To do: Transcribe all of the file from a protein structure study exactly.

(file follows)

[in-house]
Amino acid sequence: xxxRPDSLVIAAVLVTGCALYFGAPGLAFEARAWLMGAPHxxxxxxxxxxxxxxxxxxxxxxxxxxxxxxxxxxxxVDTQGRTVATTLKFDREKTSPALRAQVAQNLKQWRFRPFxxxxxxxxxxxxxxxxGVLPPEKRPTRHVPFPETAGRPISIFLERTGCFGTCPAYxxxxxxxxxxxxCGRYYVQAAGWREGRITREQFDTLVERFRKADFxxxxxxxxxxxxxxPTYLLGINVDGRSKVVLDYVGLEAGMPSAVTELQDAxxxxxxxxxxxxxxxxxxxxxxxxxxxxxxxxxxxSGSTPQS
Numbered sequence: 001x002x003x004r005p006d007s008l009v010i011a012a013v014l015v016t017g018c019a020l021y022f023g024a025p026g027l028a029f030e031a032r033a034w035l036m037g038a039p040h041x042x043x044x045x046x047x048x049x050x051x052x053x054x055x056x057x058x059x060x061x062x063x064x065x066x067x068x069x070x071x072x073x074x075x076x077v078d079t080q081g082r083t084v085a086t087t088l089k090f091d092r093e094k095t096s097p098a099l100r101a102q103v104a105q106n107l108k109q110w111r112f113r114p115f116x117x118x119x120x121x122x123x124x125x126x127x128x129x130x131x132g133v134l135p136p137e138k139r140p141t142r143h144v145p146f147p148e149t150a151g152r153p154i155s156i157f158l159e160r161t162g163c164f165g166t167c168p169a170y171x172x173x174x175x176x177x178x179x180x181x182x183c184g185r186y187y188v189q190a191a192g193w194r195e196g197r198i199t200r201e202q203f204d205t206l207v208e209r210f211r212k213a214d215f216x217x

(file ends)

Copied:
[in-house]
Amino acid sequence: xxxRPDSLVIAAVLVTGCALYFGAPGLAFEARAWLMGAPHxxxxxxxxxxxxxxxxxxxxxxxxxxxxxxxxxxxxVDTQGRTVATTLKFDREKTSPALRAQVAQNLKQWRFRPFxxxxxxxxxxxxxxxxGVLPPEKRPTRHVPFPETAGRPISIFLERTGCFGTCPAYxxxxxxxxxxxxCGRYYVQAAGWREGRITREQFDTLVERFRKADFxxxxxxxxxxxxxxPTYLLGINVDGRSKVVLDYVGLEAGMPSAVTELQDAxxxxxxxxxxxxxxxxxxxxxxxxxxxxxxxxxxxSGSTPQS
Numbered sequence: 001x002x003x004r005p006d007s008l009v010i011a012a013v014l015v016t017g018c019a020l021y022f023g024a025p026g027l028a029f030e031a032r033a034w035l036m037g038a039p040h041x042x043x044x045x046x047x048x049x050x051x052x053x054x055x056x057x058x059x060x061x062x063x064x065x066x067x068x069x070x071x072x073x074x075x076x077v078d079t080q081g082r083t084v085a086t087t088l089k090f091d092r093e094k095t096s097p098a099l100r101a102q103v104a105q106n107l108k109q110w111r112f113r114p115f116x117x118x119x120x121x122x123x124x125x126x127x128x129x130x131x132g133v134l135p136p137e138k139r140p141t142r143h144v145p146f147p148e149t150a151g152r153p154i155s156i157f158l159e160r161t162g163c164f165g166t167c168p169a170y171x172x173x174x175x176x177x178x179x180x181x182x183c184g185r186y187y188v189q190a191a192g193w194r195e196g197r198i199t200r201e202q203f204d205t206l207v208e209r210f211r212k213a214d215f216x217x